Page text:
• Sale-Leaseback: There is no requirement to reinvest the proceeds in another property in a sale-leaseback. Instead, the proceeds can be used for various purposes, such as debt reduction, business expansion, or other investments.

While a 1031 exchange and a sale-leaseback serve different purposes, they can sometimes be related. For example, a property owner might use a 1031 exchange to acquire a new like-kind property, and then, at a later date, decide to enter into a sale-leaseback arrangement with the newly acquired property. In this scenario, the tax-deferral benefits of the 1031 exchange are preserved, and the owner can access capital through the leaseback.

Here's a high-level overview of how it can be done:


First, you would initiate a sale-leaseback transaction, where you sell a property you own to an external party and simultaneously enter into a lease agreement to continue using the property. This generates cash for your business while allowing you to remain in the property as a tenant.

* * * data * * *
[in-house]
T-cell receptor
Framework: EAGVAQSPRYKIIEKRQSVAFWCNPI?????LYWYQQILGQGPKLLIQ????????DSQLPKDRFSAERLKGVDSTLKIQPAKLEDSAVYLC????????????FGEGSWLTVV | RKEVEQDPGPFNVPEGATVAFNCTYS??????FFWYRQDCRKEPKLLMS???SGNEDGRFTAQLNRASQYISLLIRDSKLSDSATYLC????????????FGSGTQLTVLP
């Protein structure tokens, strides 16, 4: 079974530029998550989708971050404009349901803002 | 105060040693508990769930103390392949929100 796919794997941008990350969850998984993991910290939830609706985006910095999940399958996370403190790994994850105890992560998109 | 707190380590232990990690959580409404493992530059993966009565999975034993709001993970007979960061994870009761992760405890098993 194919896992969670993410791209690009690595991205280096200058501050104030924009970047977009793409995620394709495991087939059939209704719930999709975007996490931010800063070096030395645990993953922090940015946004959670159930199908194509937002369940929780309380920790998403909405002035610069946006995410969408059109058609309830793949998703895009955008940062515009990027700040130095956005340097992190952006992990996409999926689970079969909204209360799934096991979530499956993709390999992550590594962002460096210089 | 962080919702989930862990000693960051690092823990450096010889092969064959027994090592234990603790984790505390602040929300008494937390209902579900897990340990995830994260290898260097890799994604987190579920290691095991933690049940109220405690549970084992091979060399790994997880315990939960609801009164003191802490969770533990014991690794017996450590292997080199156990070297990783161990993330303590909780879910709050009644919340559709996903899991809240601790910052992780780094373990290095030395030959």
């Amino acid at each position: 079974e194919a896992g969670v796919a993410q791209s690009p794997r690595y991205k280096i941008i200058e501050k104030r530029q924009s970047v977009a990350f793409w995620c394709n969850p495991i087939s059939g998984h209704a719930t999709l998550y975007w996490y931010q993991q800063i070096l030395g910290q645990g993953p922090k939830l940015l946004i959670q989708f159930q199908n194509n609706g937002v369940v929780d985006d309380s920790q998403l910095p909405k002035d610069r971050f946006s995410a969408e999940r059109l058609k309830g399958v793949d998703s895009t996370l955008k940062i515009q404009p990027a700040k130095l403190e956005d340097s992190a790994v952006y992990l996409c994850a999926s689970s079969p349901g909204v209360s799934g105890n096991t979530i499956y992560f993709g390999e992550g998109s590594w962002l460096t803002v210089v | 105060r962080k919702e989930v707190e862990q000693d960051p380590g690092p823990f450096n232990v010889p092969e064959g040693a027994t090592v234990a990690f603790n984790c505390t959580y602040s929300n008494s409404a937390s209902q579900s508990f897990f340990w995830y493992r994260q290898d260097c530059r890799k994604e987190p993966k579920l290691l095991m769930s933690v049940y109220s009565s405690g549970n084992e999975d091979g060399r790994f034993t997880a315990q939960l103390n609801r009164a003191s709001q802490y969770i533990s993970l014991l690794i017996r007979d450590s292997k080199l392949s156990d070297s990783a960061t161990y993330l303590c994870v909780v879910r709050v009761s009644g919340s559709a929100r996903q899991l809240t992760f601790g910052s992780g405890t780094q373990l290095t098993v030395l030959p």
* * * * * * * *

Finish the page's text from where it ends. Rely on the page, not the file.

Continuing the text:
1031 Exchange:

After completing the sale-leaseback, you can potentially use the proceeds from the sale of your property as the "relinquished property" in a 1031 exchange. To do this, you must identify a "replacement property" that meets the IRS's like-kind exchange requirements and complete the exchange within the specified timeframes.

  • Like-Kind Property Requirement: Ensure that the replacement property you identify and acquire through the 1031 exchange qualifies as a "like-kind" property. In a 1031 exchange, the definition of like-kind is relatively broad for real estate, which means you can exchange various types of real property (e.g., commercial for residential).